University of Texas System Chancellor Francisco Cigarroa told University of Texas at Austin President Bill Powers that he must resign or he will be fired, a person with direct knowledge of the conversation told The Associated Press on Friday.
The person who confirmed the ultimatum spoke on the condition of anonymity because the person was not authorized to speak publicly on the matter.
Cigarroa told Powers he must either resign ahead of the board of regents’ meeting Thursday or he will be fired at it, the person said. The person said Powers told Cigarroa that he would not resign but is willing to discuss a timeline for leaving.
A message left with the University of Texas Systems spokeswoman requesting an interview with Cigarroa was not immediately returned. Powers could not be reached for comment Friday.
Powers has led UT since 2006 and is popular among faculty and students. But his vision for higher education has clashed with some regents — sometimes dramatically — whose ideas are supported by Republican Gov. Rick Perry.
Cigarroa has acknowledged a “strained” relationship with Powers, whose job has been rumored to be in jeopardy since 2011. At a December regents meeting, Cigarroa gave Powers a cautious endorsement.
“There are problems. I’ve addressed these problems. And it is my full expectation that President Powers and I will work toward resolving them and moving ahead,” Cigarroa said at the time.
It’s been a bruising two years for Powers in leading the 50,000-student campus. The tension began in 2011 when Perry began pushing a series of higher education reforms that called for more accountability on state campuses and lower costs. Academics on the state’s largest campuses bristled at the proposals.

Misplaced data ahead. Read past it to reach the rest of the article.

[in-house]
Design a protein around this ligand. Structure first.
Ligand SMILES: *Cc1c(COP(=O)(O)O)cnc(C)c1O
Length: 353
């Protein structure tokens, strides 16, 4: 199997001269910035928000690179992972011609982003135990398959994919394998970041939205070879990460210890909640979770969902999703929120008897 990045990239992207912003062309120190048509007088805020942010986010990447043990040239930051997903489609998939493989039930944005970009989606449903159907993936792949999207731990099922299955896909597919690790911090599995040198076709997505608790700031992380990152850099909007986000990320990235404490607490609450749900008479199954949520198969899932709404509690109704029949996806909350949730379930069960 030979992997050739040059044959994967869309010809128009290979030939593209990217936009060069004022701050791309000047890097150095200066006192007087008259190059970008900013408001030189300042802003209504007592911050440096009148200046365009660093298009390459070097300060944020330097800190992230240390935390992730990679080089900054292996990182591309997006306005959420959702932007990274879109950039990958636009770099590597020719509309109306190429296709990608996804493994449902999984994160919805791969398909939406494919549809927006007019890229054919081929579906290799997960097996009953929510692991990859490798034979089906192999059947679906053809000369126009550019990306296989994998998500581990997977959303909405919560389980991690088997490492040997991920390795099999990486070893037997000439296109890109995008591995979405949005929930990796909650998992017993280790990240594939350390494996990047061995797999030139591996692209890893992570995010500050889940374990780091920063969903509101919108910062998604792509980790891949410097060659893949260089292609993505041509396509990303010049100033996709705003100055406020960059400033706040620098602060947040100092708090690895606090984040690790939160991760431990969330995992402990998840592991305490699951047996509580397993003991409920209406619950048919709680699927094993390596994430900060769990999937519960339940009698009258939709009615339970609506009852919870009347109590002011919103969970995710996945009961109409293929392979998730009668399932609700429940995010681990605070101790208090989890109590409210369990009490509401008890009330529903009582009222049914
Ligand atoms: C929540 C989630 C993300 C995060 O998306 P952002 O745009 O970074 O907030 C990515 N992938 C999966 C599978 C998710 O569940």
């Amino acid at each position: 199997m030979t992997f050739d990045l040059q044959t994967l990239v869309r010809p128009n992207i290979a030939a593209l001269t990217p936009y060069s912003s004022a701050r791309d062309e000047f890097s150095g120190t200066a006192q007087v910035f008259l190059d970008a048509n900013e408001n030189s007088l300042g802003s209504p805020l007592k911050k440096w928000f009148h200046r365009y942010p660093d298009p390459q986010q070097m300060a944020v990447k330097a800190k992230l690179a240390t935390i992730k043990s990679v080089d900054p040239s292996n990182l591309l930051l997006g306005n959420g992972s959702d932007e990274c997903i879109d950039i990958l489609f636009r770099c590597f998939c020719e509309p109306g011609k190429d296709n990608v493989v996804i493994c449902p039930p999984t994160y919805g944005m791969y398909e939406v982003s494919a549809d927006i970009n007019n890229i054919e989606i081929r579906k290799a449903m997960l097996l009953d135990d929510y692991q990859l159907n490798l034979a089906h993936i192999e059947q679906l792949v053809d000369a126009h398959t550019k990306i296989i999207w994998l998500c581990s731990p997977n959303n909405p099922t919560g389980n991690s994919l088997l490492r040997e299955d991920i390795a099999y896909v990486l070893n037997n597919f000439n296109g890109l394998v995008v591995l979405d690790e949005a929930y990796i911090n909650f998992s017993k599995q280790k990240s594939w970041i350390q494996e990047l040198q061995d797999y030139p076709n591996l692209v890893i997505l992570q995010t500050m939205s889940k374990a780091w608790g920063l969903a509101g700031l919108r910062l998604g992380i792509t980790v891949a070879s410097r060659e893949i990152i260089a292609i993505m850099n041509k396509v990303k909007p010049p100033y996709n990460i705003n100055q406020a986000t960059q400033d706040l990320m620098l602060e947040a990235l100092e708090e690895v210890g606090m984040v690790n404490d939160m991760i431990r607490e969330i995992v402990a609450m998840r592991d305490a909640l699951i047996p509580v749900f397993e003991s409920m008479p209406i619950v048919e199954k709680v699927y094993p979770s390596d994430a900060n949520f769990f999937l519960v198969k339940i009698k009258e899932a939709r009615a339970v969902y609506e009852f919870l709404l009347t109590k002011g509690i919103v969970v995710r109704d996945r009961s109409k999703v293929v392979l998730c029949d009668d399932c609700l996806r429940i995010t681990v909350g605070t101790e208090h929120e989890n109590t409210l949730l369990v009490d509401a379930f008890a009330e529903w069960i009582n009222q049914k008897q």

The Texas Tribune reported that state Rep. Carol Alvarado, D-Houston, one of the co-chairs of the House Select Committee on Transparency in State Agency Operations, said Friday that she was “disappointed” by the reports of Powers’ resignation being sought.
She said she intends to remind UT System leaders that lawmakers instructed them not to oust the president, because legislators are in the process of investigating one of the regents, the Tribune reported.
The committee is drafting articles of impeachment against UT System Regent Wallace Hall, who has been accused of abusing his authority in his pursuit of information about the UT Austin administration. Hall has denied any wrongdoing. The committee has been officially conducting its investigation for more than a year.